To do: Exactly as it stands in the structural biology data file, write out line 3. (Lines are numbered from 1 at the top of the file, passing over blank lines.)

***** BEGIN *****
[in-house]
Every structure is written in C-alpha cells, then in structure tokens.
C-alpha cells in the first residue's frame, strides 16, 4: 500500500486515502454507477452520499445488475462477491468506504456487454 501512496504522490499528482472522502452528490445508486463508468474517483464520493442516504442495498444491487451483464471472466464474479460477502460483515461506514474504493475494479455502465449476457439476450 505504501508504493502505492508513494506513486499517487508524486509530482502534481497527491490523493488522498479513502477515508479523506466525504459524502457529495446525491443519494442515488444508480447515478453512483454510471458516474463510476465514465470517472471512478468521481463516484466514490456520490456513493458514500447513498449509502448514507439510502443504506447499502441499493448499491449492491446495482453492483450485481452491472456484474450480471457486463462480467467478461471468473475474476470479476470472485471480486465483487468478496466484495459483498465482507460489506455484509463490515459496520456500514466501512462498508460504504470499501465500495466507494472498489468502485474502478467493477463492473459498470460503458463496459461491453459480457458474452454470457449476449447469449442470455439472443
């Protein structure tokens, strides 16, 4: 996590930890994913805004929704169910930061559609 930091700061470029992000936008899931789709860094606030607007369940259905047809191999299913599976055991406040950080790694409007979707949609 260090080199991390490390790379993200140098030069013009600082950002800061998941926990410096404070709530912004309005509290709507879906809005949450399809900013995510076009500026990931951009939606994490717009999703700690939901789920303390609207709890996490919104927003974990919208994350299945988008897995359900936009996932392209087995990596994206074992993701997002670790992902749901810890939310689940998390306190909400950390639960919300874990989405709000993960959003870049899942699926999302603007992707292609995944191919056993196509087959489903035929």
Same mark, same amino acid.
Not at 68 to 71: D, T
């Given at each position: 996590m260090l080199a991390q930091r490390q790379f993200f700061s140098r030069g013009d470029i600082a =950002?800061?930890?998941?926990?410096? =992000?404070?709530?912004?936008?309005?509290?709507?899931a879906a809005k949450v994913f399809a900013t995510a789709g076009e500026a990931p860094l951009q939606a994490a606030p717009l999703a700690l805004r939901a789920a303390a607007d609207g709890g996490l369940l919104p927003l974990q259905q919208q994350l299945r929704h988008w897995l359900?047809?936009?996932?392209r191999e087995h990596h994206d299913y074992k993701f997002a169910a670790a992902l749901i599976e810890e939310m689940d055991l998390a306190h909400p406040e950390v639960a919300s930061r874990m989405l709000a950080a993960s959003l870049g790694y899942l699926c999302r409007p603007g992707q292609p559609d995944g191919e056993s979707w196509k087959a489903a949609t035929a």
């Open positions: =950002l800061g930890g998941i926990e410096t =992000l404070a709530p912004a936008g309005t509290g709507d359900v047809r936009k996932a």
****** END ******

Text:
C-alpha cells in the first residue's frame, strides 16, 4: 500500500486515502454507477452520499445488475462477491468506504456487454 501512496504522490499528482472522502452528490445508486463508468474517483464520493442516504442495498444491487451483464471472466464474479460477502460483515461506514474504493475494479455502465449476457439476450 505504501508504493502505492508513494506513486499517487508524486509530482502534481497527491490523493488522498479513502477515508479523506466525504459524502457529495446525491443519494442515488444508480447515478453512483454510471458516474463510476465514465470517472471512478468521481463516484466514490456520490456513493458514500447513498449509502448514507439510502443504506447499502441499493448499491449492491446495482453492483450485481452491472456484474450480471457486463462480467467478461471468473475474476470479476470472485471480486465483487468478496466484495459483498465482507460489506455484509463490515459496520456500514466501512462498508460504504470499501465500495466507494472498489468502485474502478467493477463492473459498470460503458463496459461491453459480457458474452454470457449476449447469449442470455439472443